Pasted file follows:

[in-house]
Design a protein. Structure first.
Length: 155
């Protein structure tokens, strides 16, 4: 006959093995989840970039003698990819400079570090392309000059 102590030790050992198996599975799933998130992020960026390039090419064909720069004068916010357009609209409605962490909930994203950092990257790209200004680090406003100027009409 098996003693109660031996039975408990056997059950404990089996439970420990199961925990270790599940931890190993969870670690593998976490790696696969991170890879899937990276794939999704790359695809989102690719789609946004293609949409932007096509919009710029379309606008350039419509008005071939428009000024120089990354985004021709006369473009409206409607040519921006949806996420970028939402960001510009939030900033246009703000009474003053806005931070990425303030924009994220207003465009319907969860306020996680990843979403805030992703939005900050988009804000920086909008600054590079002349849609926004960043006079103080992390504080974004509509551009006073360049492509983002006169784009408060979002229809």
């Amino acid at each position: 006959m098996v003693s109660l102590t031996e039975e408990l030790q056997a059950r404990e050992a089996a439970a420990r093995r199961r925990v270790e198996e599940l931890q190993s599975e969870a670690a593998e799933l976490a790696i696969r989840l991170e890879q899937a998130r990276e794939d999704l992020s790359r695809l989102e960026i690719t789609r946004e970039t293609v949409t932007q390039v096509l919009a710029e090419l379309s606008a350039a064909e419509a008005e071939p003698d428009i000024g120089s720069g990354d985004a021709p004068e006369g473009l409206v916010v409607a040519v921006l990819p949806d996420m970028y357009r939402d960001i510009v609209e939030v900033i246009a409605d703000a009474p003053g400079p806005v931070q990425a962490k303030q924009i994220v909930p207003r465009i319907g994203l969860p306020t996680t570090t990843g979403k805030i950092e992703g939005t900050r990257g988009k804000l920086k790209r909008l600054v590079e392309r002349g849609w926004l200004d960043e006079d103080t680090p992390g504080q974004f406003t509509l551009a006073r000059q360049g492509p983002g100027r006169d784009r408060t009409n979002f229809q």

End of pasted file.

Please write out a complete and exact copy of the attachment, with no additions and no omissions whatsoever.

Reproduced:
[in-house]
Design a protein. Structure first.
Length: 155
């Protein structure tokens, strides 16, 4: 006959093995989840970039003698990819400079570090392309000059 102590030790050992198996599975799933998130992020960026390039090419064909720069004068916010357009609209409605962490909930994203950092990257790209200004680090406003100027009409 098996003693109660031996039975408990056997059950404990089996439970420990199961925990270790599940931890190993969870670690593998976490790696696969991170890879899937990276794939999704790359695809989102690719789609946004293609949409932007096509919009710029379309606008350039419509008005071939428009000024120089990354985004021709006369473009409206409607040519921006949806996420970028939402960001510009939030900033246009703000009474003053806005931070990425303030924009994220207003465009319907969860306020996680990843979403805030992703939005900050988009804000920086909008600054590079002349849609926004960043006079103080992390504080974004509509551009006073360049492509983002006169784009408060979002229809």
């Amino acid at each position: 006959m098996v003693s109660l102590t031996e039975e408990l030790q056997a059950r404990e050992a089996a439970a420990r093995r199961r925990v270790e198996e599940l931890q190993s599975e969870a670690a593998e799933l976490a790696i696969r989840l991170e890879q899937a998130r990276e794939d999704l992020s790359r695809l989102e960026i690719t789609r946004e970039t293609v949409t932007q390039v096509l919009a710029e090419l379309s606008a350039a064909e419509a008005e071939p003698d428009i000024g120089s720069g990354d985004a021709p004068e006369g473009l409206v916010v409607a040519v921006l990819p949806d996420m970028y357009r939402d960001i510009v609209e939030v900033i246009a409605d703000a009474p003053g400079p806005v931070q990425a962490k303030q924009i994220v909930p207003r465009i319907g994203l969860p306020t996680t570090t990843g979403k805030i950092e992703g939005t900050r990257g988009k804000l920086k790209r909008l600054v590079e392309r002349g849609w926004l200004d960043e006079d103080t680090p992390g504080q974004f406003t509509l551009a006073r000059q360049g492509p983002g100027r006169d784009r408060t009409n979002f229809q």